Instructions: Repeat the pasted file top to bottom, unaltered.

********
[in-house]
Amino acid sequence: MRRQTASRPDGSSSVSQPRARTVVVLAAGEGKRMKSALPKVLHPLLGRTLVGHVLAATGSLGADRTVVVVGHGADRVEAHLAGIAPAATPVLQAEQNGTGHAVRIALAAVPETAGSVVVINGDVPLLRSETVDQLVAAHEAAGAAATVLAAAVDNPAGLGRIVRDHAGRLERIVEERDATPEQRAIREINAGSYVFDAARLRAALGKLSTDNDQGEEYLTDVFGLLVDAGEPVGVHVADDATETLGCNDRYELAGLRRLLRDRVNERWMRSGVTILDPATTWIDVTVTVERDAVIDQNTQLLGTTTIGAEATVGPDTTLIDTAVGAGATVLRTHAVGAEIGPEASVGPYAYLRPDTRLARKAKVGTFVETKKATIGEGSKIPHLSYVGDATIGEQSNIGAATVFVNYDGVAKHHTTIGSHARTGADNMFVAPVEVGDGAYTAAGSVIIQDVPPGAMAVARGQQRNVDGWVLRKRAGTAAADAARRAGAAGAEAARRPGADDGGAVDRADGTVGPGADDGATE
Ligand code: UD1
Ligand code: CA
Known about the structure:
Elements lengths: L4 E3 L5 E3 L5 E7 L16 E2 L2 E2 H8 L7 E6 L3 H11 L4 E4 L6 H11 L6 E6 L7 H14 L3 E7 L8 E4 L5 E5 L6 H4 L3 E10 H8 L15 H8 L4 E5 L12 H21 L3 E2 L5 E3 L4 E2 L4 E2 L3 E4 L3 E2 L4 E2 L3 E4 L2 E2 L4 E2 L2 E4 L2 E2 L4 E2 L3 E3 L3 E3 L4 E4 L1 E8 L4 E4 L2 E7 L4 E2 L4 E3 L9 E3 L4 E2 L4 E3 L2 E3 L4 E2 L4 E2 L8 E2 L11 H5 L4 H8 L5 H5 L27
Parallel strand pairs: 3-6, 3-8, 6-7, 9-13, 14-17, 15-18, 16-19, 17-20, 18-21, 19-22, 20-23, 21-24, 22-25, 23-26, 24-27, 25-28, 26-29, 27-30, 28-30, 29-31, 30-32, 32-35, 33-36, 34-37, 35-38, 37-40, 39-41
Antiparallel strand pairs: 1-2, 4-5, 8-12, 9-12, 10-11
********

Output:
[in-house]
Amino acid sequence: MRRQTASRPDGSSSVSQPRARTVVVLAAGEGKRMKSALPKVLHPLLGRTLVGHVLAATGSLGADRTVVVVGHGADRVEAHLAGIAPAATPVLQAEQNGTGHAVRIALAAVPETAGSVVVINGDVPLLRSETVDQLVAAHEAAGAAATVLAAAVDNPAGLGRIVRDHAGRLERIVEERDATPEQRAIREINAGSYVFDAARLRAALGKLSTDNDQGEEYLTDVFGLLVDAGEPVGVHVADDATETLGCNDRYELAGLRRLLRDRVNERWMRSGVTILDPATTWIDVTVTVERDAVIDQNTQLLGTTTIGAEATVGPDTTLIDTAVGAGATVLRTHAVGAEIGPEASVGPYAYLRPDTRLARKAKVGTFVETKKATIGEGSKIPHLSYVGDATIGEQSNIGAATVFVNYDGVAKHHTTIGSHARTGADNMFVAPVEVGDGAYTAAGSVIIQDVPPGAMAVARGQQRNVDGWVLRKRAGTAAADAARRAGAAGAEAARRPGADDGGAVDRADGTVGPGADDGATE
Ligand code: UD1
Ligand code: CA
Known about the structure:
Elements lengths: L4 E3 L5 E3 L5 E7 L16 E2 L2 E2 H8 L7 E6 L3 H11 L4 E4 L6 H11 L6 E6 L7 H14 L3 E7 L8 E4 L5 E5 L6 H4 L3 E10 H8 L15 H8 L4 E5 L12 H21 L3 E2 L5 E3 L4 E2 L4 E2 L3 E4 L3 E2 L4 E2 L3 E4 L2 E2 L4 E2 L2 E4 L2 E2 L4 E2 L3 E3 L3 E3 L4 E4 L1 E8 L4 E4 L2 E7 L4 E2 L4 E3 L9 E3 L4 E2 L4 E3 L2 E3 L4 E2 L4 E2 L8 E2 L11 H5 L4 H8 L5 H5 L27
Parallel strand pairs: 3-6, 3-8, 6-7, 9-13, 14-17, 15-18, 16-19, 17-20, 18-21, 19-22, 20-23, 21-24, 22-25, 23-26, 24-27, 25-28, 26-29, 27-30, 28-30, 29-31, 30-32, 32-35, 33-36, 34-37, 35-38, 37-40, 39-41
Antiparallel strand pairs: 1-2, 4-5, 8-12, 9-12, 10-11